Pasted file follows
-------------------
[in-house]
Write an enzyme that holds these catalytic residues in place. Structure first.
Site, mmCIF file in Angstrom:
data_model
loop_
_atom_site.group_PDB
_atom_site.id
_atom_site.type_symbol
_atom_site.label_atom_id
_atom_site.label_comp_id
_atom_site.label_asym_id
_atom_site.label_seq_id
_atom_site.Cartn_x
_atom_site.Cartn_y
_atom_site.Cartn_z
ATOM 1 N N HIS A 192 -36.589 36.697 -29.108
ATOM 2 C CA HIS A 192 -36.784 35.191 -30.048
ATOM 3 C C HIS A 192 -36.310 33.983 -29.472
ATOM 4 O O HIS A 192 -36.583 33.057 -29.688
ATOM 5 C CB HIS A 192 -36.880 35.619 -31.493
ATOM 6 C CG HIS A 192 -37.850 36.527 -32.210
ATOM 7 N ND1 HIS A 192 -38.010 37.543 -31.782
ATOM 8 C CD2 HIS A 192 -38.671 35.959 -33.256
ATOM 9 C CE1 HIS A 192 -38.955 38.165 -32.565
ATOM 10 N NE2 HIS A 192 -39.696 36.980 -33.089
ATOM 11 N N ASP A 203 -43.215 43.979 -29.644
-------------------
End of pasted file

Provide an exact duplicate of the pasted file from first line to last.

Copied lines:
[in-house]
Write an enzyme that holds these catalytic residues in place. Structure first.
Site, mmCIF file in Angstrom:
data_model
loop_
_atom_site.group_PDB
_atom_site.id
_atom_site.type_symbol
_atom_site.label_atom_id
_atom_site.label_comp_id
_atom_site.label_asym_id
_atom_site.label_seq_id
_atom_site.Cartn_x
_atom_site.Cartn_y
_atom_site.Cartn_z
ATOM 1 N N HIS A 192 -36.589 36.697 -29.108
ATOM 2 C CA HIS A 192 -36.784 35.191 -30.048
ATOM 3 C C HIS A 192 -36.310 33.983 -29.472
ATOM 4 O O HIS A 192 -36.583 33.057 -29.688
ATOM 5 C CB HIS A 192 -36.880 35.619 -31.493
ATOM 6 C CG HIS A 192 -37.850 36.527 -32.210
ATOM 7 N ND1 HIS A 192 -38.010 37.543 -31.782
ATOM 8 C CD2 HIS A 192 -38.671 35.959 -33.256
ATOM 9 C CE1 HIS A 192 -38.955 38.165 -32.565
ATOM 10 N NE2 HIS A 192 -39.696 36.980 -33.089
ATOM 11 N N ASP A 203 -43.215 43.979 -29.644